To be compensated for loss of earning capacity, it is not necessary that the victim, at the time of injury
or death, is gainfully employed. Compensation of this nature is awarded not for loss of earnings but for
loss of capacity to earn money. In Cariaga v. Laguna Tayabas Bus Company, 199 we awarded to the
heirs of Cariaga a sum representing loss of his earning capacity although he was still a medical student
at the time of injury. However, the award was not without basis for Cariaga was then a fourth year
medical student at a reputable school; his scholastic record, which was presented at the trial, justified
an assumption that he would have been able to finish his course and pass the board in due time; and a
doctor, presented as witness for the appellee, testified as to the amount of income Cariaga would have
earned had he finished his medical studies.
In the case at bar, the trial court awarded the amount, equivalent in Philippine pesos, of Forty capacity
of JUSSI LEINO. We agree with appellant that this amount is highly speculative and should be denied
considering that Leino had only earned a high school degree at the International School, Manila, in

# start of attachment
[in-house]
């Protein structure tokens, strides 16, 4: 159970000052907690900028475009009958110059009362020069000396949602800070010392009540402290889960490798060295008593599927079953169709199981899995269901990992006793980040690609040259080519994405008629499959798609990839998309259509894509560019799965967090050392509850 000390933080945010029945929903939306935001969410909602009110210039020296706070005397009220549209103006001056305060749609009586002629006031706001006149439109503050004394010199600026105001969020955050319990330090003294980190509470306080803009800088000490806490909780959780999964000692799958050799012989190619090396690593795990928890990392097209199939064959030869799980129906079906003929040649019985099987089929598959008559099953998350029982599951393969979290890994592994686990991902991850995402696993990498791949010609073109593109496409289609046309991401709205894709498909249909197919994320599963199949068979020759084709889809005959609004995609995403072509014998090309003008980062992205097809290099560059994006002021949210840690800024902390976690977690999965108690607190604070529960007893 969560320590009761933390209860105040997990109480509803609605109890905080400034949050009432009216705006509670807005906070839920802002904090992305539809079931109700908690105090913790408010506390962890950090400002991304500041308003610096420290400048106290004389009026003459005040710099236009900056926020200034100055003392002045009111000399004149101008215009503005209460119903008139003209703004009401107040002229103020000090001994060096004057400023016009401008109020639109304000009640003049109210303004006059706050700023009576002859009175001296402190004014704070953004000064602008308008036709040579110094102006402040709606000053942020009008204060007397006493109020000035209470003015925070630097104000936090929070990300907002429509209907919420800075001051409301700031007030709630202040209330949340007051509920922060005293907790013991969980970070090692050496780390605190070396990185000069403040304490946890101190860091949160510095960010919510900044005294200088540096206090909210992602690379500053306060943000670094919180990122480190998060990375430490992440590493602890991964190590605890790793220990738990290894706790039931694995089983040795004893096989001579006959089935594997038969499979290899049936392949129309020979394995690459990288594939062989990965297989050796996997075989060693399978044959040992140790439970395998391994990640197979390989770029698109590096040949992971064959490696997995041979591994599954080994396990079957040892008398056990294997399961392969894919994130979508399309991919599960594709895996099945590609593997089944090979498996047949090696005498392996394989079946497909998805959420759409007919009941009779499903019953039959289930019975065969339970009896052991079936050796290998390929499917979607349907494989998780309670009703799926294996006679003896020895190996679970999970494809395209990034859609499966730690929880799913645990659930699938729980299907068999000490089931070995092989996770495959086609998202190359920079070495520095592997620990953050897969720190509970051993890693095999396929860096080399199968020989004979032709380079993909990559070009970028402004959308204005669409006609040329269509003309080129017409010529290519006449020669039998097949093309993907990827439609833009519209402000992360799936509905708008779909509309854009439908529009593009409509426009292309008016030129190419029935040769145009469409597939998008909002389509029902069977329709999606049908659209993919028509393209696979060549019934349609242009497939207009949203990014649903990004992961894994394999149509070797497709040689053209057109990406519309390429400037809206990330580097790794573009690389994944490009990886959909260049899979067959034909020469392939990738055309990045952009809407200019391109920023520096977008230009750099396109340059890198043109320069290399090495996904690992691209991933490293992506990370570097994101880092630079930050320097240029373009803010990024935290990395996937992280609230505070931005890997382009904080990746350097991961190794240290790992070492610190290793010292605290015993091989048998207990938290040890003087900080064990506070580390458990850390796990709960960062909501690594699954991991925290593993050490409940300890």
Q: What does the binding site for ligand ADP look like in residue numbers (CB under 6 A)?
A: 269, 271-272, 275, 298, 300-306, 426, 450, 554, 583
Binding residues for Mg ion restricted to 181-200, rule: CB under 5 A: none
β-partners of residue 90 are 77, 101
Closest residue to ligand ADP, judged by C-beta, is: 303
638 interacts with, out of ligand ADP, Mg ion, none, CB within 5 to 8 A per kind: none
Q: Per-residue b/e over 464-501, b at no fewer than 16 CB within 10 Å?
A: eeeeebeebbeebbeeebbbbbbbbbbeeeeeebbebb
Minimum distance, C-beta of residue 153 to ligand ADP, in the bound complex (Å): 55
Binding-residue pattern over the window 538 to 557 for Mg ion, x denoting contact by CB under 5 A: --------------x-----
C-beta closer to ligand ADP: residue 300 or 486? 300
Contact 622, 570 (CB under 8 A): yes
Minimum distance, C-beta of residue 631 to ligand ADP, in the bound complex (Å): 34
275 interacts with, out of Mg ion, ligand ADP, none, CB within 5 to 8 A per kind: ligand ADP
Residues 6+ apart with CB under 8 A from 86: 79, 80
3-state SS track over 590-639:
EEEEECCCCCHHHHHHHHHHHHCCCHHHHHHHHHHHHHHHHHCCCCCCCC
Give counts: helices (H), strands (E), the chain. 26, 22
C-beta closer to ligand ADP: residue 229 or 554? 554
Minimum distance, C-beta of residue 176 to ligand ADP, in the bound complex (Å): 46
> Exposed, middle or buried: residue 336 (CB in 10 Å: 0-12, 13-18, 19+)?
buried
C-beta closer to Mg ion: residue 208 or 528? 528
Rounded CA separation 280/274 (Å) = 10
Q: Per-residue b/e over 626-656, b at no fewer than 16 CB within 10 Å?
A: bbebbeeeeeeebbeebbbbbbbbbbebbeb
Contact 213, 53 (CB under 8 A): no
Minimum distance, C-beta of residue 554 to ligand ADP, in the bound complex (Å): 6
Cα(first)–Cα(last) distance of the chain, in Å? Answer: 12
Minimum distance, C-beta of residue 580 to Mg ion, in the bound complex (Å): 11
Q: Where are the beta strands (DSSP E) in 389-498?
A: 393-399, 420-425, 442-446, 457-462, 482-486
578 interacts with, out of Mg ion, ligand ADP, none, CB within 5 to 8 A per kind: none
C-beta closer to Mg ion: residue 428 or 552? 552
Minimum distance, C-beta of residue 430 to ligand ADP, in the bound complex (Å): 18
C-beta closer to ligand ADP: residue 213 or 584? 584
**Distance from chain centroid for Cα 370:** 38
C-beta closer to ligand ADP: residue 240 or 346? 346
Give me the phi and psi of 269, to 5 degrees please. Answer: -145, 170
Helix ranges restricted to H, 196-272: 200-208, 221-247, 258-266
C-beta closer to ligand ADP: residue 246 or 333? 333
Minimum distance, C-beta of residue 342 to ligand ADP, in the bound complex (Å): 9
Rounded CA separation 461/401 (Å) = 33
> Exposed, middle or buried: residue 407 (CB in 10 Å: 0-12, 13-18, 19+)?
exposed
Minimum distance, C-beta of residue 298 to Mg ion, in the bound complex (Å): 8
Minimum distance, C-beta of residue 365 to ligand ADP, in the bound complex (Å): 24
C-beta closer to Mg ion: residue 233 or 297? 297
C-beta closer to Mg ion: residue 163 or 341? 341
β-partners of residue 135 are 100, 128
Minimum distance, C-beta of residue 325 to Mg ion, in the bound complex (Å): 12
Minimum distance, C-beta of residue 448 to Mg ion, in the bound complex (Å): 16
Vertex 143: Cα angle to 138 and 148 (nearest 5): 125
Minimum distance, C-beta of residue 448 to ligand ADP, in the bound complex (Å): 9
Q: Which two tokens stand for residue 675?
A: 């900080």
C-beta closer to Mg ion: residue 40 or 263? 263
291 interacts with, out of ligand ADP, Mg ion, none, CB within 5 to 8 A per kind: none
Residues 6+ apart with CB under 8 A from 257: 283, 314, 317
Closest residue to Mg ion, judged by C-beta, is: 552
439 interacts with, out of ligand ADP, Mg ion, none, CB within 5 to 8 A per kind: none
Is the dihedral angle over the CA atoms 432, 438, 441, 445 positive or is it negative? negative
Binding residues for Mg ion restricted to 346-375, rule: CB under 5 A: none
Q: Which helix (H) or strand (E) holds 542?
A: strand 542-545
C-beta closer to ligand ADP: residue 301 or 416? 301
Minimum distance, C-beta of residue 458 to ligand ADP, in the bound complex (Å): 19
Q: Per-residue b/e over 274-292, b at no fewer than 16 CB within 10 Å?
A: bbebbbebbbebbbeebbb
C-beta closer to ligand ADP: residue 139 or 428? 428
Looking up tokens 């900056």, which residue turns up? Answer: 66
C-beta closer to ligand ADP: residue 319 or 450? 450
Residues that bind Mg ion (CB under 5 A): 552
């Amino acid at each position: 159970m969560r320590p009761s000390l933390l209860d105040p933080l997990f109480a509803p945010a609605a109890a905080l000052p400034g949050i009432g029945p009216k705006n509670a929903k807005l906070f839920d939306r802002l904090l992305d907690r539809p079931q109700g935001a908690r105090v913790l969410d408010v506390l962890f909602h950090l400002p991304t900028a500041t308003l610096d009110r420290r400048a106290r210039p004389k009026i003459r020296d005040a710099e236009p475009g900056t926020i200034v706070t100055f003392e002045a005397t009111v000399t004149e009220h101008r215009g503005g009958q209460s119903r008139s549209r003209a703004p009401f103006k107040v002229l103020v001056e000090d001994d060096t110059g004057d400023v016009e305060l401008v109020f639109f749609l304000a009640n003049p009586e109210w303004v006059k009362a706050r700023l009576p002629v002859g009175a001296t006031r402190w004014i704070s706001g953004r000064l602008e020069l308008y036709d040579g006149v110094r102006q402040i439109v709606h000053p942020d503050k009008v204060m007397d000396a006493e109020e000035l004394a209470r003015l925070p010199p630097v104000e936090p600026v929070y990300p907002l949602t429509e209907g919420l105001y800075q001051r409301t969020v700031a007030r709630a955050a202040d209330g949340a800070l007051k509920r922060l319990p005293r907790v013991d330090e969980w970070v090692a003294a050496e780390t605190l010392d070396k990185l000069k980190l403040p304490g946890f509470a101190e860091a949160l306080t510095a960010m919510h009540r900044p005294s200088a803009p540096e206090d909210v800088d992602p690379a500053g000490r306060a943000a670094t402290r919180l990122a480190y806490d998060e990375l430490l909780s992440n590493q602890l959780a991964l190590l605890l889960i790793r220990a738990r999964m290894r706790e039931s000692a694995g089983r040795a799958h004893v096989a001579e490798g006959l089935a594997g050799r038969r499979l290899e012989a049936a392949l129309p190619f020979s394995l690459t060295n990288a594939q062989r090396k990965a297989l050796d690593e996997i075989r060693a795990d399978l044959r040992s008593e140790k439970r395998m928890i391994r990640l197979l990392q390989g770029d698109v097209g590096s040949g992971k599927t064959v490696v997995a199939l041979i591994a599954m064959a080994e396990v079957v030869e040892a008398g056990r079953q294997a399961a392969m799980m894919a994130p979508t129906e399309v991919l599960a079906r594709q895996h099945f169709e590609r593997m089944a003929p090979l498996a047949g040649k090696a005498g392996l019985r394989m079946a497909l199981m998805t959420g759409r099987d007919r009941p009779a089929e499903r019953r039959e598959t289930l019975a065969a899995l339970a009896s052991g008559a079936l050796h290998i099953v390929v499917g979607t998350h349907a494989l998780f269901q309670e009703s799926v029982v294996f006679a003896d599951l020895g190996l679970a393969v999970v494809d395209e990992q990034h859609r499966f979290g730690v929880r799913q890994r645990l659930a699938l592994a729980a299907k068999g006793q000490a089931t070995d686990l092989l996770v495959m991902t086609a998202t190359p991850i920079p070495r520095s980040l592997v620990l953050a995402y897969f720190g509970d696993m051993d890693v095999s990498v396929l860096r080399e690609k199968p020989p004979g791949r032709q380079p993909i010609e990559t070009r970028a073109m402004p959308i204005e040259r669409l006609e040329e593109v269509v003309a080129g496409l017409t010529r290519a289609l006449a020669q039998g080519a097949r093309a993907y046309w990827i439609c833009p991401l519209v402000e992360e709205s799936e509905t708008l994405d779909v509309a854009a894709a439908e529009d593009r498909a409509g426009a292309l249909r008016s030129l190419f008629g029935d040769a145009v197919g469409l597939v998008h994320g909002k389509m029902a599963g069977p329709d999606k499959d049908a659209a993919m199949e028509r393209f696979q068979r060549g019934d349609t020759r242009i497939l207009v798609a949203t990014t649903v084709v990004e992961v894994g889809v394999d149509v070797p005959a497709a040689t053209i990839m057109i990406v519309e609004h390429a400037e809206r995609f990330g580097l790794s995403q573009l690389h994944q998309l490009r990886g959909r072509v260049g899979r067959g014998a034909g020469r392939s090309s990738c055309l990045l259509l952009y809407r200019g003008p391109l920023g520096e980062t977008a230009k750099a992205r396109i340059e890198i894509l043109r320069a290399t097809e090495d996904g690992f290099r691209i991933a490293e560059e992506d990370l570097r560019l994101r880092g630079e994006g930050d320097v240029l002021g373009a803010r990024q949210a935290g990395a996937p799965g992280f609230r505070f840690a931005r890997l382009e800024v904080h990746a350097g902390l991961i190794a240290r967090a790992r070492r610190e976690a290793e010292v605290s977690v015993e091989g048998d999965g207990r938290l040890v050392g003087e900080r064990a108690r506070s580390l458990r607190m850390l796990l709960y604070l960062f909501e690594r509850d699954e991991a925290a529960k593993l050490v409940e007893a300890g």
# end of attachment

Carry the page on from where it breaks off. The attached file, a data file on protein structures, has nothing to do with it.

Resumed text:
1989. He went back to Finland to serve the military and has just arrived in Manila in February 1991 to
pursue his ambition to become a pilot. At the time of the shooting on July 13, 1991, he has just
enrolled at the Manila Aero Club to become a professional pilot. He was thus only on his first year, first
semester, in said school and was practically, a mere high school graduate. Under the foregoing

circumstances, we find the records wanting with substantial evidence to justify a reasonable
assumption that Leino would have been able to finish his studies at the Manila Aero Club and
ultimately become a professional pilot.
We now pass upon the propriety of the award of Thirteen Million Pesos (P13,000,000.00) for loss of
earning capacity of deceased MAUREEN HULTMAN. We find that the award is not supported by the
In adjudging an award for Maureen's loss of earning capacity, the trial court incorrectly used the
monthly salary of a secretary working in Sweden, computed at two thousand dollars ($2,000.00) a
month, as per the estimate given by Anders Hultman. Nowhere in the records does it appear that, at
the time of her death, Maureen had acquired the skills needed for a secretarial job or that she intended
to take a secretarial course in preparation for such job in Sweden. Anders Hultman himself testified
that there was uncertainty as to Maureen's future career path, thus:
Q Mr. Witness, if Maureen would not been (sic) shot and she continued
her studies, what professional career would she (sic) like to pursue
considering her interests and inclinations?